Beyond Slavery and the Civil Rights Movement: Teachers Should Be Integrating Black History Into Their LessonsRoundup
tags: education, schools, African American history, Black History Month
Melinda D. Anderson is a freelance journalist reporting on race and equity in education. Follow her on Twitter @mdawriter.
This Black History Month has been packed with controversy, with scandals and headlines revolving around blackface dominating the national conversation. But some say the singular focus on blackface distracts from the larger issues — namely, how little is known about the nation’s deeply racist history, and what is — and isn’t — taught about the black American experience in the nation’s public schools.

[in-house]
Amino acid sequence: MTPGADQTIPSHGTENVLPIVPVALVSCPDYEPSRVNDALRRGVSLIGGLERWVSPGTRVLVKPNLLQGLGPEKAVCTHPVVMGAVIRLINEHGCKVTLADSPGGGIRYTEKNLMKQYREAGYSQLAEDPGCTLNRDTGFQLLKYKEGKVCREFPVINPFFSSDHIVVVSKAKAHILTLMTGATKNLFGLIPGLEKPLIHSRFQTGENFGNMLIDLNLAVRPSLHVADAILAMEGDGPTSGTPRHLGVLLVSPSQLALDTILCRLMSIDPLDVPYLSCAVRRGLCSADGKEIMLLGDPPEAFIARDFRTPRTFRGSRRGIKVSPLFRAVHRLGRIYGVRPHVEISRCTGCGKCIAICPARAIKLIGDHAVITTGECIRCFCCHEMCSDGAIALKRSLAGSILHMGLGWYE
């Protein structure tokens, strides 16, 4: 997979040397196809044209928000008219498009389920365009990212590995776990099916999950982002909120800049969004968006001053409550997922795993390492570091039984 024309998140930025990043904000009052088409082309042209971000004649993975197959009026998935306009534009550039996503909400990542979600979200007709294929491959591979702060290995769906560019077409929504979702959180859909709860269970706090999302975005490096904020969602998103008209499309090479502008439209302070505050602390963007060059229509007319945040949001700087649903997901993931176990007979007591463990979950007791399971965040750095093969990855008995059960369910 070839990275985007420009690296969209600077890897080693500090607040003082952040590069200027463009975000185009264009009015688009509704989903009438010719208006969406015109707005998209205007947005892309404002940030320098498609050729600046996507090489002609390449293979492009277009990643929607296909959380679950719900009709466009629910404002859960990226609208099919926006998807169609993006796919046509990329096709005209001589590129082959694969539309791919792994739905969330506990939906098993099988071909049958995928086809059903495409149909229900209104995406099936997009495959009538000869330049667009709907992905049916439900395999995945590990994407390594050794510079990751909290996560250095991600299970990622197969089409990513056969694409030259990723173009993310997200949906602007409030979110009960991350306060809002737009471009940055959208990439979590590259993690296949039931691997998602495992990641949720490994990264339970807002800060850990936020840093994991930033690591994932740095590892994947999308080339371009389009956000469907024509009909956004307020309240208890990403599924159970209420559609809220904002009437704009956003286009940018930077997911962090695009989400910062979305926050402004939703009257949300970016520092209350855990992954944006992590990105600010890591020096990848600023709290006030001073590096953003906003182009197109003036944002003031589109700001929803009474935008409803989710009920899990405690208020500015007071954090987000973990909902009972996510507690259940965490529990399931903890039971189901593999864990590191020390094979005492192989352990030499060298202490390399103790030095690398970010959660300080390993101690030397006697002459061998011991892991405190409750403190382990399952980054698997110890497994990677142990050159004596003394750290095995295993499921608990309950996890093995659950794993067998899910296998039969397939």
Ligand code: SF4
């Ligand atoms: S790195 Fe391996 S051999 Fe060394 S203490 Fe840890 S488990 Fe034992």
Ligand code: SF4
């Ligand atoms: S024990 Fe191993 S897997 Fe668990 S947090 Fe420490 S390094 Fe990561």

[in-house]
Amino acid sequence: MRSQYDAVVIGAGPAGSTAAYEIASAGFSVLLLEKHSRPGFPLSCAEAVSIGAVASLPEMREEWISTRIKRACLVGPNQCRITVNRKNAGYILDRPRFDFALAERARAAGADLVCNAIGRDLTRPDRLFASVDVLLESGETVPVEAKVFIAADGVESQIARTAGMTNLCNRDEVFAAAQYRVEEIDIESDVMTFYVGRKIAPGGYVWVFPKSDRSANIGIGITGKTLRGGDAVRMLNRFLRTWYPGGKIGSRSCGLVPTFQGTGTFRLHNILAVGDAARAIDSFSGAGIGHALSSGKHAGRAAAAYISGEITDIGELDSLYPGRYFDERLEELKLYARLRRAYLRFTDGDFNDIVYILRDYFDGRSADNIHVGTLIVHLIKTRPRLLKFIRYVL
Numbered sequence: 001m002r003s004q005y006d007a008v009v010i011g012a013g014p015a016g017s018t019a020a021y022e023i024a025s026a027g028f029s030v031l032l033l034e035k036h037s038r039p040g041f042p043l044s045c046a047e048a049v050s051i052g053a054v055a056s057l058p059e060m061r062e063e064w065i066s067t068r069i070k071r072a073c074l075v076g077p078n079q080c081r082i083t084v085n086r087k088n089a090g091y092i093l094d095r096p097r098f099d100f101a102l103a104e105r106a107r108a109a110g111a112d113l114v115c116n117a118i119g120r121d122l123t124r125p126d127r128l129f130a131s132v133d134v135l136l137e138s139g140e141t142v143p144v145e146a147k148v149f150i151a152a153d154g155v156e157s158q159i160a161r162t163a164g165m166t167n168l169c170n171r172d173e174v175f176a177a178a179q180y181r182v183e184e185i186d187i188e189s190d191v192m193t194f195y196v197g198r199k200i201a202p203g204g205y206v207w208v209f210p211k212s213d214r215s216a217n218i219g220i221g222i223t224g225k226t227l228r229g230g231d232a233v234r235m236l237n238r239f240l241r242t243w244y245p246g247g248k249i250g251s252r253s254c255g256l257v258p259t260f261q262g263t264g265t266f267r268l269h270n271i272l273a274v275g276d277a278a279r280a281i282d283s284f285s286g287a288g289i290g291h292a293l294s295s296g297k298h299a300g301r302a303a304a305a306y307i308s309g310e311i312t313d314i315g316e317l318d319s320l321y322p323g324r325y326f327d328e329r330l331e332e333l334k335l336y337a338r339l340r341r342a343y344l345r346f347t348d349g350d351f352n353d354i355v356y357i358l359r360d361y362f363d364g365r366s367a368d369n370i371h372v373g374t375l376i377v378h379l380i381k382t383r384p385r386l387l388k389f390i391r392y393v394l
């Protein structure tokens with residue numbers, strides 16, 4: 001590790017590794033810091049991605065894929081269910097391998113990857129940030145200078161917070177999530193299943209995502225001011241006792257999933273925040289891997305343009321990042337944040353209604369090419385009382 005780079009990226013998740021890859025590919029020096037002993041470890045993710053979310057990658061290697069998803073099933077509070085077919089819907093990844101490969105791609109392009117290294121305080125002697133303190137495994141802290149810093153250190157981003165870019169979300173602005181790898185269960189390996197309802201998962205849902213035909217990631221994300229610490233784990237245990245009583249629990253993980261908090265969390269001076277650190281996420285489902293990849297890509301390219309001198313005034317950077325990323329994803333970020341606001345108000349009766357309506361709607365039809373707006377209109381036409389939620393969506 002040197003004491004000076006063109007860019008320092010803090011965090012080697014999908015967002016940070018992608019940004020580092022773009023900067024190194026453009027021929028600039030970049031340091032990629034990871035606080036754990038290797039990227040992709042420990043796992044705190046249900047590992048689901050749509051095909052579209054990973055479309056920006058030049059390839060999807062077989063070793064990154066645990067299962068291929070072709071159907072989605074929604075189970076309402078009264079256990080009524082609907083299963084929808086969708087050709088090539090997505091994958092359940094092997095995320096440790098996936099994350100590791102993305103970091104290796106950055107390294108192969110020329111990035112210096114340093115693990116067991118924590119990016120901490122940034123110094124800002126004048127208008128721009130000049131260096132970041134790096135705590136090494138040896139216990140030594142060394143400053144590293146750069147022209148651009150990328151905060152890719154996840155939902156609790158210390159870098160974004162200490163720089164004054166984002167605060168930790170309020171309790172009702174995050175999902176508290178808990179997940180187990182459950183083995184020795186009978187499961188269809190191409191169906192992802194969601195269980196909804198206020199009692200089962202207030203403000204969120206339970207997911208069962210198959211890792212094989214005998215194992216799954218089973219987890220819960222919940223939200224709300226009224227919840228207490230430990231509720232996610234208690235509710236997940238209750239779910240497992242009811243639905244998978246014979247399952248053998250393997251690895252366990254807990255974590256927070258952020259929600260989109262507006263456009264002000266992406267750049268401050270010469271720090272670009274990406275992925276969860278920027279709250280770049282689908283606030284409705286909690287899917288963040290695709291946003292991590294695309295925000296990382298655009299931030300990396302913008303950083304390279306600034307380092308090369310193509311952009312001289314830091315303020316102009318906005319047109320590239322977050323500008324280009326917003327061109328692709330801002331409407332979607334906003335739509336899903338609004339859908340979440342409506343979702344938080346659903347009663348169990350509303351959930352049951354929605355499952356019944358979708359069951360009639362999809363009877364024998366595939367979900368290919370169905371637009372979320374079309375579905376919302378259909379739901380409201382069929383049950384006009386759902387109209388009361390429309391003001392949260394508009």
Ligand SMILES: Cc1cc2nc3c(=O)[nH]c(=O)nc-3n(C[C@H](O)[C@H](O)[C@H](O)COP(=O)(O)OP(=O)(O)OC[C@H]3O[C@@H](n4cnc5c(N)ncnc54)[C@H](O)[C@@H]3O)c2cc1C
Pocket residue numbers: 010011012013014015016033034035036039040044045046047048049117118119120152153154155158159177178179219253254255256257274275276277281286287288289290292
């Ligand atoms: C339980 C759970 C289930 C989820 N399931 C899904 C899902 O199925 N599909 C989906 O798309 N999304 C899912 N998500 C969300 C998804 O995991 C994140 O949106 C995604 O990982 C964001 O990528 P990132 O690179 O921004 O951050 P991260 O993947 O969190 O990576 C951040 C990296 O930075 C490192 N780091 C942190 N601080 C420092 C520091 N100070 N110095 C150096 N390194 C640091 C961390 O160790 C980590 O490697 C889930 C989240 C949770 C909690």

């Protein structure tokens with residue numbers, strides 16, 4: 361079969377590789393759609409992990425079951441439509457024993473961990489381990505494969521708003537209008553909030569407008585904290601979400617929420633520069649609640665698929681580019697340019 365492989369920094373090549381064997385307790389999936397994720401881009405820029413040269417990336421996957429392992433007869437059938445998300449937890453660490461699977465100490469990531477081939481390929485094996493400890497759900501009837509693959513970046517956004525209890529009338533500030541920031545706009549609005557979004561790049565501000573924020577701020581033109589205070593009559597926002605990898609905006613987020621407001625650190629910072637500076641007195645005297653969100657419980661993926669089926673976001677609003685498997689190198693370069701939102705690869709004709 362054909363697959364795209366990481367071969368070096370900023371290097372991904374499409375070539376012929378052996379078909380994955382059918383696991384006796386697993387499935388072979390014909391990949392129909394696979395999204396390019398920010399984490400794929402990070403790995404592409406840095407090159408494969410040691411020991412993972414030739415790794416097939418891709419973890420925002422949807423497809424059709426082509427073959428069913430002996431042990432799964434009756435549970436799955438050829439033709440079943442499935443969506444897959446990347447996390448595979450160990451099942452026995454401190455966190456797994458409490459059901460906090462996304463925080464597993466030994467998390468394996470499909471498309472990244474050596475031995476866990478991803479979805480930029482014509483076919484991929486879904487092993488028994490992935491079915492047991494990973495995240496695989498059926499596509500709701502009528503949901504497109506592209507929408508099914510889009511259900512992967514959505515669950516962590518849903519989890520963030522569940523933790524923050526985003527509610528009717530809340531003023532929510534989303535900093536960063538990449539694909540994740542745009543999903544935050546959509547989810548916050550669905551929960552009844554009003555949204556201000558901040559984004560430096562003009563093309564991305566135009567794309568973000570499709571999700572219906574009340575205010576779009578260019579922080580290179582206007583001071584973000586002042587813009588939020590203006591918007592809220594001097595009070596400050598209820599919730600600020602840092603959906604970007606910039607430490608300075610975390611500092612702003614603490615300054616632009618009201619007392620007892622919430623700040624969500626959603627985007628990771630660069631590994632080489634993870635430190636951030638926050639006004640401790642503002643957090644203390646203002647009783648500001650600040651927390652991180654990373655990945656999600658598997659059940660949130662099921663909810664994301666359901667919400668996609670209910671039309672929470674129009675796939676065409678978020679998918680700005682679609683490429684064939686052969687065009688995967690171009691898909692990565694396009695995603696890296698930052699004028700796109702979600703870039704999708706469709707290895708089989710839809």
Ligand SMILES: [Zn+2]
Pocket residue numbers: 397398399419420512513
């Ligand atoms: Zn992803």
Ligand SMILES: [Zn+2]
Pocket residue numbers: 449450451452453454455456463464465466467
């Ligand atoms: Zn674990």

This month, two of Virginia’s top-elected officials admitted to wearing blackfaceduring their college years. Luxury retailer Gucci pulled a black turtleneck with oversized red lips from its shelves for resembling blackface. And high school students — from Wisconsin to Alabama — came under fire for blackface incidents. The debate brought into focus blackface minstrelsy, the practice of white performers darkening their skin to caricature black people that dates back to the 19th century.
According to experts, teaching an accurate and thorough version of history is essential to breaking down stereotypes and misconceptions. Yet much of what students learn about black people’s distinct American story is hit-or-miss.